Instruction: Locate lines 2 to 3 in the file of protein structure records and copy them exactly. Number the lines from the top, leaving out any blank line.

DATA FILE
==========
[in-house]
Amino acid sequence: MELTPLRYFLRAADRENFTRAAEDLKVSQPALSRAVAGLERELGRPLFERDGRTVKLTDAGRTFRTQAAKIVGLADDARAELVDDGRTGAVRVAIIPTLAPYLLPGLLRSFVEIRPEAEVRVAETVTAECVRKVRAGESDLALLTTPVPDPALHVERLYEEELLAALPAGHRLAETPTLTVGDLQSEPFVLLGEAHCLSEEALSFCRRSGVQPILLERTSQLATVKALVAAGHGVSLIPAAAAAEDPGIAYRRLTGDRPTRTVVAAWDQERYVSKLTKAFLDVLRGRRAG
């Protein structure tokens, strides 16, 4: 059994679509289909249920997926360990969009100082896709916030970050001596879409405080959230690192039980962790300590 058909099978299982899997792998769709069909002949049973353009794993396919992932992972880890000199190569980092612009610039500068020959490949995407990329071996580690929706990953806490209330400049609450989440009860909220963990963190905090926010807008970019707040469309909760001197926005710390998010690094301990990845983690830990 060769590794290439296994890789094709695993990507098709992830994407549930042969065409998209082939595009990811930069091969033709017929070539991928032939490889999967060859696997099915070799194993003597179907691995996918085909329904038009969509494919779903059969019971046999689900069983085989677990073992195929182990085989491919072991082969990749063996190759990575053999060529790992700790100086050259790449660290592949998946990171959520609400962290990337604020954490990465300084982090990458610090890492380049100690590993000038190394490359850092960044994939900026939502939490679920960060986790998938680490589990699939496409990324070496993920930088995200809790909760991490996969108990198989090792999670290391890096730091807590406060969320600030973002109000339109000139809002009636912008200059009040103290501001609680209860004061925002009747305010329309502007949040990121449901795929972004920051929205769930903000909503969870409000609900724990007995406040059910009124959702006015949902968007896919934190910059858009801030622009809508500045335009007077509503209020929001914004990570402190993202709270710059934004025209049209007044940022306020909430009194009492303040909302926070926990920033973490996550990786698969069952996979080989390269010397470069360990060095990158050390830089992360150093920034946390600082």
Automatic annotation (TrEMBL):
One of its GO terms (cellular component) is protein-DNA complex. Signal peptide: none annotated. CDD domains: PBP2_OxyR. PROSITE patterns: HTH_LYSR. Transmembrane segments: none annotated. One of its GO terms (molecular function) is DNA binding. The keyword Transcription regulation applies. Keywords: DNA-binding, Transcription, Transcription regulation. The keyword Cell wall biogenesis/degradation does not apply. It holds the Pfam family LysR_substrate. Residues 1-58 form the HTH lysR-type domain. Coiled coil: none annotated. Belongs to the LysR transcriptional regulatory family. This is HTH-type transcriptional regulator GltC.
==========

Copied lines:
Amino acid sequence: MELTPLRYFLRAADRENFTRAAEDLKVSQPALSRAVAGLERELGRPLFERDGRTVKLTDAGRTFRTQAAKIVGLADDARAELVDDGRTGAVRVAIIPTLAPYLLPGLLRSFVEIRPEAEVRVAETVTAECVRKVRAGESDLALLTTPVPDPALHVERLYEEELLAALPAGHRLAETPTLTVGDLQSEPFVLLGEAHCLSEEALSFCRRSGVQPILLERTSQLATVKALVAAGHGVSLIPAAAAAEDPGIAYRRLTGDRPTRTVVAAWDQERYVSKLTKAFLDVLRGRRAG
């Protein structure tokens, strides 16, 4: 059994679509289909249920997926360990969009100082896709916030970050001596879409405080959230690192039980962790300590 058909099978299982899997792998769709069909002949049973353009794993396919992932992972880890000199190569980092612009610039500068020959490949995407990329071996580690929706990953806490209330400049609450989440009860909220963990963190905090926010807008970019707040469309909760001197926005710390998010690094301990990845983690830990 060769590794290439296994890789094709695993990507098709992830994407549930042969065409998209082939595009990811930069091969033709017929070539991928032939490889999967060859696997099915070799194993003597179907691995996918085909329904038009969509494919779903059969019971046999689900069983085989677990073992195929182990085989491919072991082969990749063996190759990575053999060529790992700790100086050259790449660290592949998946990171959520609400962290990337604020954490990465300084982090990458610090890492380049100690590993000038190394490359850092960044994939900026939502939490679920960060986790998938680490589990699939496409990324070496993920930088995200809790909760991490996969108990198989090792999670290391890096730091807590406060969320600030973002109000339109000139809002009636912008200059009040103290501001609680209860004061925002009747305010329309502007949040990121449901795929972004920051929205769930903000909503969870409000609900724990007995406040059910009124959702006015949902968007896919934190910059858009801030622009809508500045335009007077509503209020929001914004990570402190993202709270710059934004025209049209007044940022306020909430009194009492303040909302926070926990920033973490996550990786698969069952996979080989390269010397470069360990060095990158050390830089992360150093920034946390600082």